Winter activities intensify in the northwest


Much of northwestern Ontario has already experienced a taste of winter in November.

This made some people involved in outdoor activities very excited.

Dave Suttie is one of those people.

He is the general manager of the Kamview Nordic Ski Resort in Thunder Bay and said the season is well ahead of schedule.

“Things seem really picky here,” Suttie said. “We were able to ski on November 17, which is very early for us, and what we opened is in pretty good shape.”

Suttie said they spent a lot of time prepping the ski area before the snow arrived. He said that includes keeping the grass short and doing a bit of reconditioning on the trails.

“We cut trees, take down dangerous trees and make sure the equipment is set up to work,” he said.

Suttie said with the early snow and cold, the transition to skiing happened fairly quickly and there were lots of people enjoying the slopes.

However, he said he fears a warming trend predicted for late November will make early-season skiing short-lived.

He said that although Kamview has snowmaking equipment, they need winter temperatures for snow to occur.

On Wednesday, the Kamview Nordic Center announced it would be closing trails Nov. 24-27 due to forecasted warm weather.

The ski slopes opened earlier this year on November 17, but were closed again due to mild weather. (Kamview Nordic Centre/Facebook)

“It’s not quite the same technology they would have in (alpine) ski areas,” he said. “So I need fairly consistent temperatures with highs of -10 and below that to produce a decent amount of snow.”

Another person happy with the early arrival of winter in the northwest is Adrian Tessier.

Tessier is the groomer/coordinator of the Thunder Bay Adventure Trails snowmobile club.

The group is part of the Ontario Federation of Snowmobile Clubs and runs an extensive network of groomed trails in the northwest.

Tessier said they prepared the trails before the snow arrived, using all-terrain vehicles to access areas where trees had been felled or bushes needed to be trimmed.

He said the early snow was exciting trail runners, but there was still some way to go before any of them could be opened.

Tessier said the trails cross a number of swamps and they must be frozen over before a trail can be groomed.

adventure trails grooming
A Thunder Bay Adventure Trails groomer prepares a snowmobile trail. The club’s grooming coordinator says there are still a few weeks before people can ride. (Thunder Bay Adventure Trails/Facebook)

“Now we have to go out on snowmobiles and pack down these swamps,” he said. “Snow is an insulator in some ways, and it’s like putting a big blanket of insulation over swamps. Those swamps create a bit of their own heat, so you have to fight that as well.”

Tessier said the club is coming off a near-perfect winter for trail runners.

He said it was also one of the longest seasons due to several late blizzards in the spring of 2022.

“We even had trails that couldn’t open because there was too much snow,” he said. “But once they were nursed back to health, we had a massive base and it ended up being one of our last closing seasons.”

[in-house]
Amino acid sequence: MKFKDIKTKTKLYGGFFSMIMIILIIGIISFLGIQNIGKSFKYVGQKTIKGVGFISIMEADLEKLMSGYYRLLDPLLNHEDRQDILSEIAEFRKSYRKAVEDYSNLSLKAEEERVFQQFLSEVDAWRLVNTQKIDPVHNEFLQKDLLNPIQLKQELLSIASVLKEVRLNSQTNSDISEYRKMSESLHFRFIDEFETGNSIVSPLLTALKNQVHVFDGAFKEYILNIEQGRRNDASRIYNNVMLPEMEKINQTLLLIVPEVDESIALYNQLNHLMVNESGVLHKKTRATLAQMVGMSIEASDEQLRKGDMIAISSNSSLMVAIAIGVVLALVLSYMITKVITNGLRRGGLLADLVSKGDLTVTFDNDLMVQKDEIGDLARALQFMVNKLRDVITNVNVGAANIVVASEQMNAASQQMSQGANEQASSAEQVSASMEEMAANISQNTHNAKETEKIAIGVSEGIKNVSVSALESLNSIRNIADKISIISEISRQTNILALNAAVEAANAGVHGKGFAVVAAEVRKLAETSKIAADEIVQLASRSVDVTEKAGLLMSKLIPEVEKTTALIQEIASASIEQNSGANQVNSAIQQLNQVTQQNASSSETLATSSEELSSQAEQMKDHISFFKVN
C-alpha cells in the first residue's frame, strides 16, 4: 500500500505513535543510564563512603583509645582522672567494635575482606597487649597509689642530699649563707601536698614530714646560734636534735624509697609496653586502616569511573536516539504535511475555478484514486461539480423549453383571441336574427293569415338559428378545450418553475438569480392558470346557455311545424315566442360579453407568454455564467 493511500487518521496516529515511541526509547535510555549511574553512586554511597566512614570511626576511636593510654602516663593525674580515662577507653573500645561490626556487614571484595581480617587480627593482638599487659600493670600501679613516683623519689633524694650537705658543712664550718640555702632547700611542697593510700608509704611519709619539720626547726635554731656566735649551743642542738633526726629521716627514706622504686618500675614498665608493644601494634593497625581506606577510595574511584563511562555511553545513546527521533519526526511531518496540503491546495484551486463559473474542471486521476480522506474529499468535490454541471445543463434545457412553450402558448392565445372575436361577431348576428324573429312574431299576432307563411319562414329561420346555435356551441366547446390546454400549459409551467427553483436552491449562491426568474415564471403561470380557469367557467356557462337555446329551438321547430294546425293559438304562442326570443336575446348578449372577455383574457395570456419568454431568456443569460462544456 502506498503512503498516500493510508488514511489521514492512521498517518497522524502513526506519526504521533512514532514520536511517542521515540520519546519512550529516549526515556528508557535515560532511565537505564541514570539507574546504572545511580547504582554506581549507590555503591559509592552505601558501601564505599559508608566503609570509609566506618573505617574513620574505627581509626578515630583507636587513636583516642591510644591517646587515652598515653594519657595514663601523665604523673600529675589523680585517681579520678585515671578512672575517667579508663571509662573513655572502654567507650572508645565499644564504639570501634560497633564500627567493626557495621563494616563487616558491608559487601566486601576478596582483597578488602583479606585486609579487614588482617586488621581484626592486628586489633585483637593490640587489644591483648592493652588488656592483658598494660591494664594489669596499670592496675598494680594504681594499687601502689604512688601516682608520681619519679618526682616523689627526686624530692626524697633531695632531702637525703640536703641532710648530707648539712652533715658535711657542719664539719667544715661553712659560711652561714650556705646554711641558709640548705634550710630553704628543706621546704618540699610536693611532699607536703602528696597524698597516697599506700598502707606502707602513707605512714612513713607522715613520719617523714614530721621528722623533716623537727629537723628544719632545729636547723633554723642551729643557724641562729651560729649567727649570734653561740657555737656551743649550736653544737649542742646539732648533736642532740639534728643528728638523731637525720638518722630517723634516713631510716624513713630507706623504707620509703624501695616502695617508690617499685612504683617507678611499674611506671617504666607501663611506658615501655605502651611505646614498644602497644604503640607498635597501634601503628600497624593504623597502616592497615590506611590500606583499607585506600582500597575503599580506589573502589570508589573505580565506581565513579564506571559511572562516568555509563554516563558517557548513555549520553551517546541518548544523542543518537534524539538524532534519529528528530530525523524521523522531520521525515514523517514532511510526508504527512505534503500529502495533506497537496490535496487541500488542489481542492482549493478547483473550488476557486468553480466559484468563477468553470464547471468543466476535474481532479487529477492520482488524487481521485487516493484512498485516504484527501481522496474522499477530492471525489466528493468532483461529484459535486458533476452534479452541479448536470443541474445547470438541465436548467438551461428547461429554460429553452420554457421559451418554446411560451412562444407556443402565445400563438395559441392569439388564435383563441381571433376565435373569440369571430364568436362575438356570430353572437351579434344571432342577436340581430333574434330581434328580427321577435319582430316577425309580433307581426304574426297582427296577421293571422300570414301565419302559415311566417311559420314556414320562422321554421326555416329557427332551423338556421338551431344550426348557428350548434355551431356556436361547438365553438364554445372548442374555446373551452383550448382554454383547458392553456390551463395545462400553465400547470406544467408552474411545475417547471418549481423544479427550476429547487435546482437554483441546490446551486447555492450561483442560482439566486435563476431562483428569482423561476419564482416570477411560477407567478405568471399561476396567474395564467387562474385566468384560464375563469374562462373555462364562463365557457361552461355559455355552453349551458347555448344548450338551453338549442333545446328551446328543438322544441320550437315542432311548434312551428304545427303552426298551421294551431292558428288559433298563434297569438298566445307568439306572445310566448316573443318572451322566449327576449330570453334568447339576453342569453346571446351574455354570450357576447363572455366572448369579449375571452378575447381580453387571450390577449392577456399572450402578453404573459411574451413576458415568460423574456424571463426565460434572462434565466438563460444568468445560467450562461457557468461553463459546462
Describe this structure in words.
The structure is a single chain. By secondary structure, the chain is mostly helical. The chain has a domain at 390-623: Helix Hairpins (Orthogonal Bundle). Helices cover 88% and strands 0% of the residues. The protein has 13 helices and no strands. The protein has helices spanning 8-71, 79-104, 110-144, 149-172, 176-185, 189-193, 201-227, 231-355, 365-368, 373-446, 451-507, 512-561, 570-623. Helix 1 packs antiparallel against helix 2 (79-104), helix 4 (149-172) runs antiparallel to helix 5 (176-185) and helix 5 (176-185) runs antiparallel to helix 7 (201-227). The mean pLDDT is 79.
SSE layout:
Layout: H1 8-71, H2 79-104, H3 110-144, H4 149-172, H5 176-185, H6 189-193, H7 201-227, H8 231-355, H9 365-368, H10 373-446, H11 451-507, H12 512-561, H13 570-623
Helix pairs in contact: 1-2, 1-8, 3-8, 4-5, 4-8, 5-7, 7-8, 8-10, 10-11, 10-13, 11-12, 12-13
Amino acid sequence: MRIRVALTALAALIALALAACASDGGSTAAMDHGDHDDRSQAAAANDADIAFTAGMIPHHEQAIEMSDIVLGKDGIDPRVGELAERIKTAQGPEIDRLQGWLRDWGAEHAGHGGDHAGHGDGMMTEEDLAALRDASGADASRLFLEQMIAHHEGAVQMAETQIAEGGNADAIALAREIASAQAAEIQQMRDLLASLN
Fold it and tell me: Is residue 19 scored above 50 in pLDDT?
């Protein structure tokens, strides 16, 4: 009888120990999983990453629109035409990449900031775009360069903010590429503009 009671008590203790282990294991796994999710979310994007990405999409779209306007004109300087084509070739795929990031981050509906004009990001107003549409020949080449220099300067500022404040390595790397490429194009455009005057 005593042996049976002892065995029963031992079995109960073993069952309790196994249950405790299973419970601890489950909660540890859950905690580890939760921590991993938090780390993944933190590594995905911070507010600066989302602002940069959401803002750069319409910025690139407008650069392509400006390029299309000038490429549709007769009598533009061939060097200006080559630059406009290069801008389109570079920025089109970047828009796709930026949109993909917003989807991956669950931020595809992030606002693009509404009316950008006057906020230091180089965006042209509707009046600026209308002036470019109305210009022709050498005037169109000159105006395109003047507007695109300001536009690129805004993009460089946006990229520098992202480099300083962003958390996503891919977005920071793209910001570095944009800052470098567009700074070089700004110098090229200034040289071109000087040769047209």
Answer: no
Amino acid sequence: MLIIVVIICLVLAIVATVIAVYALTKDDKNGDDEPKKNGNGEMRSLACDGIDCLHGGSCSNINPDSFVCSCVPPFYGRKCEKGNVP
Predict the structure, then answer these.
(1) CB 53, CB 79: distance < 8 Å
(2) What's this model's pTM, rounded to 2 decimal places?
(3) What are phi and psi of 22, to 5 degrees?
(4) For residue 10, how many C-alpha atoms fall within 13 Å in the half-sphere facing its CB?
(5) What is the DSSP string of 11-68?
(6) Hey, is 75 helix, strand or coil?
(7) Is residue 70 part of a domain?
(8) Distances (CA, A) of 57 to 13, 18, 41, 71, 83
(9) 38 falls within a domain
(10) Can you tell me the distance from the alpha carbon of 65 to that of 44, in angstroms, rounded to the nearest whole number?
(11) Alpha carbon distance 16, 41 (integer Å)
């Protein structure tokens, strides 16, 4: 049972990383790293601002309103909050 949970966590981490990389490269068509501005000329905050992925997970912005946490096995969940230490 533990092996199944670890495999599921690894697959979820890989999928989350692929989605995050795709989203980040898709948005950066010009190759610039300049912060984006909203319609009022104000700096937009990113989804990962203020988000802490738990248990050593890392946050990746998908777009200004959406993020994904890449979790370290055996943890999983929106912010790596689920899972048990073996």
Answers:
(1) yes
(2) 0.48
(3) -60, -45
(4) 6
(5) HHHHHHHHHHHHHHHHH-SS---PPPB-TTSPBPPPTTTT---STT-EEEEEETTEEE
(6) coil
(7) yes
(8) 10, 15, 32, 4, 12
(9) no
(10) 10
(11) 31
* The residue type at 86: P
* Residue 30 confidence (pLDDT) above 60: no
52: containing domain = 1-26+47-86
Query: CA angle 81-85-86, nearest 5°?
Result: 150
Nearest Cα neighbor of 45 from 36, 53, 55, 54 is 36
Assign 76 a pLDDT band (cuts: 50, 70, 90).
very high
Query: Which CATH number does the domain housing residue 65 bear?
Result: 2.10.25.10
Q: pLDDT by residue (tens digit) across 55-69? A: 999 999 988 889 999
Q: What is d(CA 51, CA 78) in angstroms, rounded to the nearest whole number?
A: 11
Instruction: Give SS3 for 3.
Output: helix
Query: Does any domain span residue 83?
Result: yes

Tessier said the trails are usually open in mid-January, depending on snow depth, amount of frozen swamp and general cold.

He said he still felt good about a reasonably early start to the 2023 driving season.

Corey Hayward is also watching the weather this month and hoping for more cold weather.

Hayward owns and operates Bear Trak Outfitters on the shores of Lake Superior’s Black Bay.

He said he could see ice on the bay and hoped it would stay.

Still, Hayward knows that a warming trend and a little wind can set things back pretty quickly.

He said it’s too early to tell if he and his crew will be able to start moving huts on the ice next month.

ice on black bay
This photo, posted to the Bear Trak Outfitters Facebook page on Nov. 21, 2022, shows a layer of ice on Lake Superior’s Black Bay. (Bear Trak Outfitters/Facebook)

“We had a few years where we were around December 15, and then some years you go out well until mid-January,” he said. “So it’s really when you feel safe there. Which we’re very careful about.”

Hayward said they have prepared the ice shacks for the 2022/23 season by painting them, checking the stovepipes and lining them up near the lake so the ice becomes thick enough to remove them.

Hayward said Lake Superior is a big, unforgiving body of water, so he’s waiting until there’s a lot of ice to start moving cabins.

“The fishing grounds are about five kilometers offshore,” he said. “So I want to see 10 to 12 inches of ice before we start going out there. You see recommendations that say four to six inches is OK, but when we’re on Lake Superior and we’re four kilometers offshore and the ice is moving and breaking up, we need to be safe.”

Hayward said the 2021/22 winter had been great for many winter activities, but it was a challenge for them.

He said repeated blizzards and whiteout conditions made it very difficult to transport guests to the cabins.

He said even having a clearly marked trail doesn’t always solve the problem.

“We have our stick trail, and it’s marked every 75 yards with a stick, and even that wasn’t enough when the snowstorms were heavy,” he said. “It was a real advantage to have the GPS on the handlebars, it made us feel a little safer.”

The ice may take a little longer than Hayward hoped to tow the cabins.

Environment Canada announces a maximum of 4°C in the Thunder Bay area on November 25 and a maximum of 7°C for November 26.

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